China Loosens Restrictions on Insurance Investments

August 12, 2010

China modified rules to allow insurance companies to invest as much as three times the previous limit in overseas capital markets, part of a broader reform designed to give them more investment options.

The move is seen boosting the investment incomes of Chinese insurance companies such as China Life and Ping An, though the sector’s shares did not react to the news and were buffeted by broader market trends on Thursday.

Chinese insurers will now be allowed to invest up to 15 percent of their total assets in overseas capital markets, the China Insurance Regulatory Commission said on its website.

The amount was previously capped at 5-10 percent of a company’s total assets depending on its solvency ratio, said Olive Xia, an analyst at Core Pacific Yamaichi in Shanghai.

China has been gradually loosening its restrictions on what insurance companies can do with their money, as insurers become more adept at investing and begin looking to diversify their investment options.

Insurance companies will also be able to invest up to 20 percent of their assets in equities as long as their total holding of stocks and stock funds do not exceed a combined 25 percent, the CIRC said in a statement on its website late on Wednesday.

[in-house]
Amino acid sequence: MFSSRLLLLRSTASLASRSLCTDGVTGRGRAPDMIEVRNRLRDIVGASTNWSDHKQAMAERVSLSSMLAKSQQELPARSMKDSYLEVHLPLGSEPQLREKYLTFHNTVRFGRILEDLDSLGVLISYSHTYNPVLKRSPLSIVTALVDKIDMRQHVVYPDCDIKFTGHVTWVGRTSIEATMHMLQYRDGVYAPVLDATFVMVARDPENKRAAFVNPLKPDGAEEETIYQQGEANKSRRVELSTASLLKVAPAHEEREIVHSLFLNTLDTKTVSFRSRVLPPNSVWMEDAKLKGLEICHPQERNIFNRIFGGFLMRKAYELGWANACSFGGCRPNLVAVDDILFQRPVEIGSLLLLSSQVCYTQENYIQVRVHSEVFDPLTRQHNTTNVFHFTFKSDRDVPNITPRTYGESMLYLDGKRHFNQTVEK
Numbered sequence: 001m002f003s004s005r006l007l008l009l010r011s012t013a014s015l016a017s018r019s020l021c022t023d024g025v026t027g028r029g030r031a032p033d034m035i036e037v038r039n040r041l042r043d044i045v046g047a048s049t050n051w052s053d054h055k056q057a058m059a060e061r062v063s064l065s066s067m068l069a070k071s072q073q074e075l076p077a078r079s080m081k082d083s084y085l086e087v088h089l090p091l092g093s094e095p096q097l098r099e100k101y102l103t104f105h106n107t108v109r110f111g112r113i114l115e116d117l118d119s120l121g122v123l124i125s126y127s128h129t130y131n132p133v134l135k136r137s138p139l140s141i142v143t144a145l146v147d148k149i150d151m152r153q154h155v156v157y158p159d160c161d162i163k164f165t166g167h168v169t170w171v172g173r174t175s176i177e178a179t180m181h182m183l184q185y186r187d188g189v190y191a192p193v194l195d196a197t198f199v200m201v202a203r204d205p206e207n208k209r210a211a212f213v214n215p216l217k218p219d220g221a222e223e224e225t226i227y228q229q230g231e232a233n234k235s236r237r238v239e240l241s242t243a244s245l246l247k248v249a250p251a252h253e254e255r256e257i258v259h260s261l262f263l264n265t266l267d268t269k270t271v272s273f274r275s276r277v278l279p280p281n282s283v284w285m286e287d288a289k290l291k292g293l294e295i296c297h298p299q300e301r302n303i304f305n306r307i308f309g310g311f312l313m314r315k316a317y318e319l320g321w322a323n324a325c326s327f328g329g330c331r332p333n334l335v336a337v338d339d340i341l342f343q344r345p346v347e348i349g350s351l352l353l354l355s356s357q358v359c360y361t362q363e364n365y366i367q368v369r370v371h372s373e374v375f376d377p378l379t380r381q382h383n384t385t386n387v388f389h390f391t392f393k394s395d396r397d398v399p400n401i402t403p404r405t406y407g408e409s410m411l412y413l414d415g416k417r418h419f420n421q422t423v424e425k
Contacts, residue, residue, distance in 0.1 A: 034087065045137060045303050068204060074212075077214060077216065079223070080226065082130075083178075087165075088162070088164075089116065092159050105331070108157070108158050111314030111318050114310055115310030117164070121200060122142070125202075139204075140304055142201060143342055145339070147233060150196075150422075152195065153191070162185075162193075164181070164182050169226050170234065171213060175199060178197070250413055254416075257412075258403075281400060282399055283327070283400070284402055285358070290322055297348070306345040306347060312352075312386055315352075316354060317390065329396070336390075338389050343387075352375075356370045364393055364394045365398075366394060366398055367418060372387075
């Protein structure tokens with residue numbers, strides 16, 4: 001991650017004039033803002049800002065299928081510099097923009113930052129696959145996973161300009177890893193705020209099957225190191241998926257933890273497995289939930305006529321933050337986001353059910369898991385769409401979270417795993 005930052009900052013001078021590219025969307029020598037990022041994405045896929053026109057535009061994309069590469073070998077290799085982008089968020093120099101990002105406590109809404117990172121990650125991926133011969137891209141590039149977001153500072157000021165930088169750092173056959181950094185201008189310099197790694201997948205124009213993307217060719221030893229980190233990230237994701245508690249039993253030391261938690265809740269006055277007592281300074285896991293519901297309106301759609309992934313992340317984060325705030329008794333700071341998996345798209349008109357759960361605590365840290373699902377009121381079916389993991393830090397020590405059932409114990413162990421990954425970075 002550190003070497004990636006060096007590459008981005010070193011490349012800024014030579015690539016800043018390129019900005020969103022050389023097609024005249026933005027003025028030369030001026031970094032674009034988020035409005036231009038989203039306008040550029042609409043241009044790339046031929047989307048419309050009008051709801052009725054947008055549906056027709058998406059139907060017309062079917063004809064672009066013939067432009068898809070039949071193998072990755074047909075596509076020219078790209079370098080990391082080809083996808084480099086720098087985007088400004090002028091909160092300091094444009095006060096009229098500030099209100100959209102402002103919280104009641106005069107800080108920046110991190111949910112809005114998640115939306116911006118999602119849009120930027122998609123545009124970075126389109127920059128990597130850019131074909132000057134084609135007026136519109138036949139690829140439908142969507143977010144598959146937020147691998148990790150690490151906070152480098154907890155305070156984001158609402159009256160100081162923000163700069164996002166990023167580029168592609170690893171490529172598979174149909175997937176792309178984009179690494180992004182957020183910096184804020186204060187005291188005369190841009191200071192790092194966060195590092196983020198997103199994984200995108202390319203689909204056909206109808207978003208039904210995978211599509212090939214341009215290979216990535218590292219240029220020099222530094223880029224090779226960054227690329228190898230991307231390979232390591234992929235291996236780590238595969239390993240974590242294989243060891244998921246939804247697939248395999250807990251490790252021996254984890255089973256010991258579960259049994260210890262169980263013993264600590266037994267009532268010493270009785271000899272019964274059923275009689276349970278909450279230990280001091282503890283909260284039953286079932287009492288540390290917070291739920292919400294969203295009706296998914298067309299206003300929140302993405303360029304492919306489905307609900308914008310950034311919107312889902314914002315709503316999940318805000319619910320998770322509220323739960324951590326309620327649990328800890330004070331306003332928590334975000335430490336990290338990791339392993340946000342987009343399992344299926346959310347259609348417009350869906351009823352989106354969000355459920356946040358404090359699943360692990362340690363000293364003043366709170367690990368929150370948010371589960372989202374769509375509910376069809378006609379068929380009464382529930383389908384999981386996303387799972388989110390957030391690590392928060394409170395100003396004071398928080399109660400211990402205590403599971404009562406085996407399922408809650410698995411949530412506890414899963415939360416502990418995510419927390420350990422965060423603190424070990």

“This is likely to help the insurance companies’ investment income,” said Xia. “Although the stock market isn’t doing too well right now, the insurance companies are likely to make more money from the stock markets which will likely boost their earnings in the medium term.”

Chinese insurance companies such as China Life and its smaller rival Ping An will also be allowed to invest up to 10 percent of their assets in infrastructure projects, CIRC said.

The regulator also set a ceiling of 20 percent for investment in secured corporate bonds and convertible bonds issued within China with at least an ‘A’ rating, and a similar 20 percent ceiling for unsecured securities with at least an ‘AA’ rating.

Not more than 10 percent of a company’s investible assets can be put in any one single unsecured bond, the CIRC added.

The Hong Kong-listed shares of China Life, the world’s most valuable insurer, were down 1.48 percent at 0425 GMT. By comparison, the benchmark Hang Seng Index was down 1.49 percent.

In Shanghai, China Life was down 1.02 percent, slightly worse than the benchmark Shanghai Composite’s 0.75 percent decline.

China Life had total investible assets of about 1.1 trillion yuan ($162 billion) at the end of the last reporting quarter in March, when it reported a 56 percent jump in investment income to 18.3 billion yuan.

China Life and Ping An currently put most of their investible assets in bonds, which are typically seen as safer investment bets but offer lower returns.

Both companies had said earlier this year they intend to increase the proportion of their portfolio invested in bonds this year, anticipating volatility in stocks after a major market run-up in 2009 helped boost their earnings. (Reporting by Farah Master and Ruby Lian in Shanghai and Kelvin Soh in Hong Kong; Editing by Muralikumar Anantharaman)

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